You need to be as tall as the trees in winter to catch the sun. Kay lifted Jamie high above her shoulders and her father’s words rang true as a single ray of light poked through the hills touching Jamie’s face. The cold bites you in the neck in these parts and Kay was forced to put Jamie down. Daughter looked at mother and cried.
The tomatoes are plain at this time of year. Kay slices, her back to the front door and a path that arcs into an orange sunset. Their cottage is apart from the others and Kay is alone with her three-year old. It needs to be this way, her eyes always wet. She swallows. Lumps. She’s had enough of them.
He wasn’t bad that man, until he parked two hundred dollars on the bedside table and left her. They had two nights and a child, except he didn’t know. The time was coming now, she knew it would start again. She looked at the tomatoes. Everything is plain at this time of year.
The mornings were quiet. Kay liked this. Before the trucks arrived. Before the earth shook and the cottage rattled and Jamie cried. Before the men arrived. When it was dark. She could peer into her heart and touch the universe.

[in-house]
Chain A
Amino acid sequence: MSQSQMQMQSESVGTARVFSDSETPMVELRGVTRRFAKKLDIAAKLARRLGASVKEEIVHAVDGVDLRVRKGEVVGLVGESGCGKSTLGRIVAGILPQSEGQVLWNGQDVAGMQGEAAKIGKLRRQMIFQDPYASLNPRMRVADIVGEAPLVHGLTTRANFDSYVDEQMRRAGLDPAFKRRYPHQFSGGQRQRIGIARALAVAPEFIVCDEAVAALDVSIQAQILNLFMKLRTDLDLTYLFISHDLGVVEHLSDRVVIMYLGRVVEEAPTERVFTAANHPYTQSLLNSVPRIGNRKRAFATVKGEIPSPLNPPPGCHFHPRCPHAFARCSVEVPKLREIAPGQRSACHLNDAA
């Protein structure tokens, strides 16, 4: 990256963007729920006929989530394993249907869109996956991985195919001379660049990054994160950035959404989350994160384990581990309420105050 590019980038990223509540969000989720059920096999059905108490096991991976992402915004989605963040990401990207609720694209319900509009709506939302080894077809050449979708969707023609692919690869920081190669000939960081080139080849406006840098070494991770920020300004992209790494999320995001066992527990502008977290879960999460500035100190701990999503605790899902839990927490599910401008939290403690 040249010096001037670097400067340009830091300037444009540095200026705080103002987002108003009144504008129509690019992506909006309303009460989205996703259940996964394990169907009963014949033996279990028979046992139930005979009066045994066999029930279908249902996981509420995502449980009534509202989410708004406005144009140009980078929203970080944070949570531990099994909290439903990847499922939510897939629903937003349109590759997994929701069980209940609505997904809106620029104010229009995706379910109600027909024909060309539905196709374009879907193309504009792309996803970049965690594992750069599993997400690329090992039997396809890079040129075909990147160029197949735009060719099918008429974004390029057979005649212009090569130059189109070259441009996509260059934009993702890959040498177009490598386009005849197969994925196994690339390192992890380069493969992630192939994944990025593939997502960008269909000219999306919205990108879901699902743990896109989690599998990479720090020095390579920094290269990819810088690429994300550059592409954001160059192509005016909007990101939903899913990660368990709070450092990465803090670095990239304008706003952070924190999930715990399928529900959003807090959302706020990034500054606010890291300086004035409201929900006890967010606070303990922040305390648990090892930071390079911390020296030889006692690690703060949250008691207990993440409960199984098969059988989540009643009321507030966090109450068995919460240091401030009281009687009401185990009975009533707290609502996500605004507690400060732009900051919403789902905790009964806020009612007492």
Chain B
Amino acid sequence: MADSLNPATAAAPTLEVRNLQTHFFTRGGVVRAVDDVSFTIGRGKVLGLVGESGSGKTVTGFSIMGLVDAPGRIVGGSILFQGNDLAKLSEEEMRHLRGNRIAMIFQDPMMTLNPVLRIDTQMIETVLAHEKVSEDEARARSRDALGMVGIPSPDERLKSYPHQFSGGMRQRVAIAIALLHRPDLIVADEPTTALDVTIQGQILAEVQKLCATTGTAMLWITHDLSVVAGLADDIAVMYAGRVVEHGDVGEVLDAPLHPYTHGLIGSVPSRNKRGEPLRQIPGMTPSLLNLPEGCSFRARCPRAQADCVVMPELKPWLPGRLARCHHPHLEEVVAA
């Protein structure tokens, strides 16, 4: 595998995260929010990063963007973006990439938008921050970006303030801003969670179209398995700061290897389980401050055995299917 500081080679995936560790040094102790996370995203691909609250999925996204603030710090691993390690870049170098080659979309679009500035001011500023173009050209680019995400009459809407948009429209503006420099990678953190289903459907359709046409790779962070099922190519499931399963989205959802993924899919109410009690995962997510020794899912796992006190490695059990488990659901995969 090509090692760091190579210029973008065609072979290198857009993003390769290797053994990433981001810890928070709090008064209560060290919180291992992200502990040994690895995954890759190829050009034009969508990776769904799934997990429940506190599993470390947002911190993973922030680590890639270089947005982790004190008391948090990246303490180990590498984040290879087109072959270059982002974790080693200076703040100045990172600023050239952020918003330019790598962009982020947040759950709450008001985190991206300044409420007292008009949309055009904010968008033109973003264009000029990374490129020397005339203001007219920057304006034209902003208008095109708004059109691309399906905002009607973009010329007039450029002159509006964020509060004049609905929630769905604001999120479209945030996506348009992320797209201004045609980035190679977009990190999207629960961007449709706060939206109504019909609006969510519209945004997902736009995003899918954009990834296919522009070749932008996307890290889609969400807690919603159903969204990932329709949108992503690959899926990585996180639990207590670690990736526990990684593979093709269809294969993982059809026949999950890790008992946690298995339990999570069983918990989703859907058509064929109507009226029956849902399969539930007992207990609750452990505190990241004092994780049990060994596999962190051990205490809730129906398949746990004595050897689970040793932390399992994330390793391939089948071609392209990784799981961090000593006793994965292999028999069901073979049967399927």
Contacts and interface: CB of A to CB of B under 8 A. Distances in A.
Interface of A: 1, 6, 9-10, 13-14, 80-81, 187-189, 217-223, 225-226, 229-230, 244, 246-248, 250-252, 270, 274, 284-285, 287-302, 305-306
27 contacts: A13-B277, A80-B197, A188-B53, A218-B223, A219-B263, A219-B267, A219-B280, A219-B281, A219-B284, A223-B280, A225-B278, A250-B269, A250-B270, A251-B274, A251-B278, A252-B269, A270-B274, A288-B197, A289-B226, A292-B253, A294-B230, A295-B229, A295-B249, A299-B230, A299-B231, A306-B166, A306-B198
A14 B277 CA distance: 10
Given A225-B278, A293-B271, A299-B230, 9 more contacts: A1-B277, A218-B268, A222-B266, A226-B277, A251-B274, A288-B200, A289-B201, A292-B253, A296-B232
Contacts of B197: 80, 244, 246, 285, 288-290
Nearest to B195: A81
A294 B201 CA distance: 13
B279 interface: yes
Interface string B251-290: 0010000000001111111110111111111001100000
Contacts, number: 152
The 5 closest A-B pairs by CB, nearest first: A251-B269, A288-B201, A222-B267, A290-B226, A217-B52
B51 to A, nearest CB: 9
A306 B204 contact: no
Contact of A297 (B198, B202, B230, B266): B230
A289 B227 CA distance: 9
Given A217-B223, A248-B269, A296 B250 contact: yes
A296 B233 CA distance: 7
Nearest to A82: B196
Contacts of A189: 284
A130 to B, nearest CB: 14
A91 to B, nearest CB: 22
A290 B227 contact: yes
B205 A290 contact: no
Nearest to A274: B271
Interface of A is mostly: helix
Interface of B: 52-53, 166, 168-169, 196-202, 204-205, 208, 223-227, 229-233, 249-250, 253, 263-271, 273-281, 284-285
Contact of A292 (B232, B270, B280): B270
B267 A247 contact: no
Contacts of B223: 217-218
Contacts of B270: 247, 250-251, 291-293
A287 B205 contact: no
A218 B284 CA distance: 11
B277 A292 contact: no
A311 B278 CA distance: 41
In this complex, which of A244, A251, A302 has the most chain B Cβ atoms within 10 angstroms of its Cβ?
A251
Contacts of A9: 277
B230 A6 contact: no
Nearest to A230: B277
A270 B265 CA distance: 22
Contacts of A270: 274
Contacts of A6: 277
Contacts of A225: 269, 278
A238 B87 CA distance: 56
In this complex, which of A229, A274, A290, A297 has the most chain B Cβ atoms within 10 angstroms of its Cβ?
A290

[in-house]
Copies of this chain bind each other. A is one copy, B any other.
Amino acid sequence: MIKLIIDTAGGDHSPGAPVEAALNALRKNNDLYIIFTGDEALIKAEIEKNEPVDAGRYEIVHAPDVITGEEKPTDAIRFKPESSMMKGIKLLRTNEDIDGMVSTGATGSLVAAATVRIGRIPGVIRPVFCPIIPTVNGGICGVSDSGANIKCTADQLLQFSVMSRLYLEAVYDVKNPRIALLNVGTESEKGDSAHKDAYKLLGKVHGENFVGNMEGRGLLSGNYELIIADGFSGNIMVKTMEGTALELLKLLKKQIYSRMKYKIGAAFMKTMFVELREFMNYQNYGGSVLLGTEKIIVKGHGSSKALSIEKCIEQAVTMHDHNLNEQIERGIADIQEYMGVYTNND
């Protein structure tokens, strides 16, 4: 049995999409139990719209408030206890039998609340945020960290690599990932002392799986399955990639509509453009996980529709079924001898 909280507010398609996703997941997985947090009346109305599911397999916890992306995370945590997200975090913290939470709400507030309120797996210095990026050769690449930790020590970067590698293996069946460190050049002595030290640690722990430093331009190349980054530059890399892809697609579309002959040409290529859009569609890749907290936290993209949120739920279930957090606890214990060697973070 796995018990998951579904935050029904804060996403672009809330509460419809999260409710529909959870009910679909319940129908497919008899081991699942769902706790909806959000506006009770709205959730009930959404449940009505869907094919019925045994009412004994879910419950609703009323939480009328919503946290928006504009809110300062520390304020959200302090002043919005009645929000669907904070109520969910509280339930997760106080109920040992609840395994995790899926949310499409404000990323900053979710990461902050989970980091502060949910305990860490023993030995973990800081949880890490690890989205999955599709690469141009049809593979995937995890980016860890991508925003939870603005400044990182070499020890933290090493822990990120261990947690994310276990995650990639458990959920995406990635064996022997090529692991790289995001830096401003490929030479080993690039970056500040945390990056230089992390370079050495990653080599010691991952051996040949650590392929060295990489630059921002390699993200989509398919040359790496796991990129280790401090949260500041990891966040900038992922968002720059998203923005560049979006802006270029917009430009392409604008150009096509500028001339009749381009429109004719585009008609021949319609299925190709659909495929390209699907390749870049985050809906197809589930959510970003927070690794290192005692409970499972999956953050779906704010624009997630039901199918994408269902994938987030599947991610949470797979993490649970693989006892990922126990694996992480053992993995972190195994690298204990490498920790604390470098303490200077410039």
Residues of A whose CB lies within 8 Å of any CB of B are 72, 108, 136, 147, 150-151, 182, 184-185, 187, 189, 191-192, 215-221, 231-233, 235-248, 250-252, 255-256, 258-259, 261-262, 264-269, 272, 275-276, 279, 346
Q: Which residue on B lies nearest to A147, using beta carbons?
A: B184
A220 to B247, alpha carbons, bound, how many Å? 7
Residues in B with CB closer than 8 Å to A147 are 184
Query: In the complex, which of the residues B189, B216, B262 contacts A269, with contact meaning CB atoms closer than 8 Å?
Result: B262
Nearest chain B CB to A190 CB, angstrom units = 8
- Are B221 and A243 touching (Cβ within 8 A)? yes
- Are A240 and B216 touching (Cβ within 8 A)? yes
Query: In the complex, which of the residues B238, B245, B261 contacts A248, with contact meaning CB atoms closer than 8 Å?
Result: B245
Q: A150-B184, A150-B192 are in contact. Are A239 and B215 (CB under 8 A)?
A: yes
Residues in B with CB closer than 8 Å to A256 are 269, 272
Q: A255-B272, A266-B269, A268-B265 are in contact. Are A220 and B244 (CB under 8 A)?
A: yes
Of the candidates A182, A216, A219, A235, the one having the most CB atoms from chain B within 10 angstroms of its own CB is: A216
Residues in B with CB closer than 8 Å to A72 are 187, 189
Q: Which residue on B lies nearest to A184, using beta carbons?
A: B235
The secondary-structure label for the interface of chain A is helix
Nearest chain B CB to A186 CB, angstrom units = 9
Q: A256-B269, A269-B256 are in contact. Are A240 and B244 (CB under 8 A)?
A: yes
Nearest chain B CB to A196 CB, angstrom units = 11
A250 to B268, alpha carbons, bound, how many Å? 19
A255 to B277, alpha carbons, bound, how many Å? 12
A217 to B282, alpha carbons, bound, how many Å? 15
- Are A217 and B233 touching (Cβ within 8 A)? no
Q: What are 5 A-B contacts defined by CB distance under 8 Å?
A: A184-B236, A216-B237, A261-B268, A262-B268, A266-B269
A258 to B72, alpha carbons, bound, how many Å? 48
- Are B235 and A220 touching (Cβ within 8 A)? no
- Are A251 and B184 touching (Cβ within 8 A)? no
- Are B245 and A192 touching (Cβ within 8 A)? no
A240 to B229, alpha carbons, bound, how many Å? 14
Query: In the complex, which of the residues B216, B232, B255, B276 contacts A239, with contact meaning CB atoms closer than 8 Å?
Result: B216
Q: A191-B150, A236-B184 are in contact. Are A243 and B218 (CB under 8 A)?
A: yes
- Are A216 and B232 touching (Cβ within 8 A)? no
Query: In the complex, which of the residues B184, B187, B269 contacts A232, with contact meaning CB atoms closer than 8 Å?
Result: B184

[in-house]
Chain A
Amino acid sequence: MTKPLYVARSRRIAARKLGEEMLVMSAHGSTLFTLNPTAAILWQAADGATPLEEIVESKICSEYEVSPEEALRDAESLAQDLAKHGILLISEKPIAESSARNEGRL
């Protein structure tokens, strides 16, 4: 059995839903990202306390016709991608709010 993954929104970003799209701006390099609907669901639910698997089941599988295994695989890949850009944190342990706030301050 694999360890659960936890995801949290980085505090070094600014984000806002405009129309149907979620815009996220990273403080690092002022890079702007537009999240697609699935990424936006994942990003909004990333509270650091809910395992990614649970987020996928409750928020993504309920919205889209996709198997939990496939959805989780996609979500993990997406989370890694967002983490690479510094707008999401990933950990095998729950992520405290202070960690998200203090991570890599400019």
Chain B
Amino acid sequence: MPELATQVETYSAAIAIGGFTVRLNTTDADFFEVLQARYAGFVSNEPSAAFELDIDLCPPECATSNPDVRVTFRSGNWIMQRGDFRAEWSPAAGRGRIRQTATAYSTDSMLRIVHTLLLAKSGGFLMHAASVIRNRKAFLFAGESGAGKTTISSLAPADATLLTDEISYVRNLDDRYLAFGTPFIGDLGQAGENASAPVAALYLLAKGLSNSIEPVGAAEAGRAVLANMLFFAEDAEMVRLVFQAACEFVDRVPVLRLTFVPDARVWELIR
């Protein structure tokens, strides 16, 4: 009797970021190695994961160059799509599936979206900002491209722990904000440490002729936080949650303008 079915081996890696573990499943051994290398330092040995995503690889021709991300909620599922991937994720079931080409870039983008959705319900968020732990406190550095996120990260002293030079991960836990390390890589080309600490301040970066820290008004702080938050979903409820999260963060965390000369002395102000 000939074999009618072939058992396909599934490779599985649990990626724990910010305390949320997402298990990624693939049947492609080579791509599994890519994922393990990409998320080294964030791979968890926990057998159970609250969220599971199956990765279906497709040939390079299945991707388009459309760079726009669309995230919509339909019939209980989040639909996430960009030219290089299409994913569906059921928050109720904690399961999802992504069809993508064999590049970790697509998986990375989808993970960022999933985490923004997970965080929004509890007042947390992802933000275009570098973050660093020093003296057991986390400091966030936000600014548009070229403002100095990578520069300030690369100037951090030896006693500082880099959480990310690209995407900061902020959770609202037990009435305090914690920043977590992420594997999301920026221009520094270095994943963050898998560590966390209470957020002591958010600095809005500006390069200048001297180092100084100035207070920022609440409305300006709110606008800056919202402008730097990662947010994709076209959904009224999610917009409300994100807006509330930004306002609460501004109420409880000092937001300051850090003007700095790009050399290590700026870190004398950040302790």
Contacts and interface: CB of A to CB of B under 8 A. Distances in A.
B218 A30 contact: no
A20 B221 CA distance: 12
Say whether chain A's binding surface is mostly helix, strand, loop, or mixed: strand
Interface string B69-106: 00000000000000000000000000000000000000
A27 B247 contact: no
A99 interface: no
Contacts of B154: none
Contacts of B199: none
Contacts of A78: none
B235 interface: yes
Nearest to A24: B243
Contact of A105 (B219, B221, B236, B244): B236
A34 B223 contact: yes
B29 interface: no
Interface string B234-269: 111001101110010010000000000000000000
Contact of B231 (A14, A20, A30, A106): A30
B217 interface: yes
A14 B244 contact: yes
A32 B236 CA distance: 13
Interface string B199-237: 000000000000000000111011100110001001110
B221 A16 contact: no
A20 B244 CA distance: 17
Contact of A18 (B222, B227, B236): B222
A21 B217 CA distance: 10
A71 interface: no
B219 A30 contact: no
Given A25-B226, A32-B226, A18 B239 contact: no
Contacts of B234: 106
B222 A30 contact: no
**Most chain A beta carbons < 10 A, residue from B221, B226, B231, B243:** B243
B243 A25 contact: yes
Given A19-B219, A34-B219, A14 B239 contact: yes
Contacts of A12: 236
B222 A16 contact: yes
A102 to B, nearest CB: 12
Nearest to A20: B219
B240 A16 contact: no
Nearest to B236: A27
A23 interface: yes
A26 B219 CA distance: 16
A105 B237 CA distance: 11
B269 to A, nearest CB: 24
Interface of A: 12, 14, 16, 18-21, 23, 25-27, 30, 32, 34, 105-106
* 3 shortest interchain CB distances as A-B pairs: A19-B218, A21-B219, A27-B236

The men came for work. It had been three years since they came for the women. The price of gas had shut down operations, now the price of gas brought the men back. They weren’t all bad the men, they would leave you two hundred dollars on a bedside table and never see you again.
He had a family. A wife. Two children. He omitted that the first night. And the second. On a quiet morning he would tell her and leave. Kay would never be with another man, she became smaller than an atom. She would peer into her heart and find nothing. You need to be as tall as the trees in winter to catch the sun.
They promised jobs for the men, a man promising to another man, they brought in other men and disease. Her cousin got work in a gas station, the other men got paid. The gas went away and her cousin found a woman who didn’t want him and he was taken. They buried him two weeks later. Now the men were back but they wouldn’t take Kay.
Jamie lay asleep, her head filled with a bucket of dreams. Kay watched, floating away, thoughts of her and Jamie and a trip to the sea. She had never been to the ocean, or on a plane. She imagined a thousand miles over the mountains and the trees, beyond the elk and the moonlight, limestone and sand and a bottle blue sea.
They would chase seagulls and eat ice cream. They would hold hands and learn the smells and fall to its charms. The ocean. Kay longed its vast secrets. She saw her sleeping daughter and made a vow. They would leave this place.
It was fifteen miles to the clinic. Three days a week. It brought enough to afford crunchy peanut butter and toast. The gas company had reopened it -- only fair -- they had closed it, men in white coats escaping in a helicopter. Now the men were back but the illness had never went away. There were lumps of it.